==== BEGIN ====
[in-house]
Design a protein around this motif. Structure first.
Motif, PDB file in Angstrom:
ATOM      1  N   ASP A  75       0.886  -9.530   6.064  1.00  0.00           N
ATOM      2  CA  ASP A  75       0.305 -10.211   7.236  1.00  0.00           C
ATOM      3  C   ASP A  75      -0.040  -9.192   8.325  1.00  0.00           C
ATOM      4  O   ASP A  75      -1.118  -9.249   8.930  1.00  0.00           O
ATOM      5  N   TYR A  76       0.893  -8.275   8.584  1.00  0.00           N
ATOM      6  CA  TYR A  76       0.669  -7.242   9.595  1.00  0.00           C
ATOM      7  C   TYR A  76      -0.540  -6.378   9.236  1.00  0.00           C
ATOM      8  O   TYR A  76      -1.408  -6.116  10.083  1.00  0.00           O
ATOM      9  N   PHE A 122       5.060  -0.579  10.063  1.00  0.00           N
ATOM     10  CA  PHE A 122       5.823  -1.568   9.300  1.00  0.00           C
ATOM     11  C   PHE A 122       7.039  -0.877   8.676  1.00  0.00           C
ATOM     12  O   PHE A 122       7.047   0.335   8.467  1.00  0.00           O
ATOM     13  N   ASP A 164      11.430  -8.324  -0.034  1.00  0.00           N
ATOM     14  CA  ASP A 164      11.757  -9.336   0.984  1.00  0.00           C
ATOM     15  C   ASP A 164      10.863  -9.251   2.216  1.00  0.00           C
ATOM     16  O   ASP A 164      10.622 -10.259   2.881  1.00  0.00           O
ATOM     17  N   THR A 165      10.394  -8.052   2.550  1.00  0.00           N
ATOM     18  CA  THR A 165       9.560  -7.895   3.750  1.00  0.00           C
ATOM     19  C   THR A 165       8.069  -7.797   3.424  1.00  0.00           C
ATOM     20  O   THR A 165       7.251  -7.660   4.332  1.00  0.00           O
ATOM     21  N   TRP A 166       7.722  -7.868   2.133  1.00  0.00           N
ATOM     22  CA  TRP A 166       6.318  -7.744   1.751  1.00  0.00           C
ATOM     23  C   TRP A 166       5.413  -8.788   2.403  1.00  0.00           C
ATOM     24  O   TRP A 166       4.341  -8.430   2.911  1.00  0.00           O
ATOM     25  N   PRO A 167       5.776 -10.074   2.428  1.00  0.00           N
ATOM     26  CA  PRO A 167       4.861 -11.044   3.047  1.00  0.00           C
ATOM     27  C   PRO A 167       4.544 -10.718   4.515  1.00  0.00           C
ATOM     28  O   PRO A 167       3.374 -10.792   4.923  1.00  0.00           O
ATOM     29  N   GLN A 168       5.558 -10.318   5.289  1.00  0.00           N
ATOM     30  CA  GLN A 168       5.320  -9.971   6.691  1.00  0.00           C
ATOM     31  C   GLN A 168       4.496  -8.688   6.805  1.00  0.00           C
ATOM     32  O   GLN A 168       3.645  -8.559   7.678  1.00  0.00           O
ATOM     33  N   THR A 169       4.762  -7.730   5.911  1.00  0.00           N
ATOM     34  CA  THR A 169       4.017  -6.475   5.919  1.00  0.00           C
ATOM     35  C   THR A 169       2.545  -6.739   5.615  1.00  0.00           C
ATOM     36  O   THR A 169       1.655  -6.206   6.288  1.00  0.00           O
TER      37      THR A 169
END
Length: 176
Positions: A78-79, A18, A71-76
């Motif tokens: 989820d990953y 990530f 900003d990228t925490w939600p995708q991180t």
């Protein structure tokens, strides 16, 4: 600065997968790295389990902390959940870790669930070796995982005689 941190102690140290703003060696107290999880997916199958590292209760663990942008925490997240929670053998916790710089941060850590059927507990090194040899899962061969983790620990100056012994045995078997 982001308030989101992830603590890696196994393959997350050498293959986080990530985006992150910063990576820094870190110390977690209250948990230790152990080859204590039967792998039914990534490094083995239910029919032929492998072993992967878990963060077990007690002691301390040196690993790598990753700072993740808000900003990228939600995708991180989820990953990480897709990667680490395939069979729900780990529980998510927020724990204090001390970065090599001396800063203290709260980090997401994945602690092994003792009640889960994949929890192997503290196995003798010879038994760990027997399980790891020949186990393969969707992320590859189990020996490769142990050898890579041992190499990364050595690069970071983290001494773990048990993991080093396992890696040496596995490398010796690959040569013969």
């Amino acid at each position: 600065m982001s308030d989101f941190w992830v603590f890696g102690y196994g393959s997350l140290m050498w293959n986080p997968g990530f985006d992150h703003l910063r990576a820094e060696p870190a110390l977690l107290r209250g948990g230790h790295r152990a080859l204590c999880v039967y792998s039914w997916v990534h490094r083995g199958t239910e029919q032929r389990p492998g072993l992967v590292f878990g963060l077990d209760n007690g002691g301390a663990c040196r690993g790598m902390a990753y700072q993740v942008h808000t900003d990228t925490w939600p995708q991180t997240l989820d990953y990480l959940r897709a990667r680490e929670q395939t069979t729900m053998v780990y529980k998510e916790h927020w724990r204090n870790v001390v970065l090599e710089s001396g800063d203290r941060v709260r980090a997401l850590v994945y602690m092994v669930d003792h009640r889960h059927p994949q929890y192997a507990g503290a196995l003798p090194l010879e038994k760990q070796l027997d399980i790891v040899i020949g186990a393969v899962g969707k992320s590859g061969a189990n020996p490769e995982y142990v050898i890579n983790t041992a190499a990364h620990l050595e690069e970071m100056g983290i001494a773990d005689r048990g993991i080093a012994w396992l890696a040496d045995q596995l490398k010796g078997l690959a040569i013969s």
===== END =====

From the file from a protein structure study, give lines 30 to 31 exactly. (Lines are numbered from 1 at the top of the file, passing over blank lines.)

ATOM     27  C   PRO A 167       4.544 -10.718   4.515  1.00  0.00           C
ATOM     28  O   PRO A 167       3.374 -10.792   4.923  1.00  0.00           O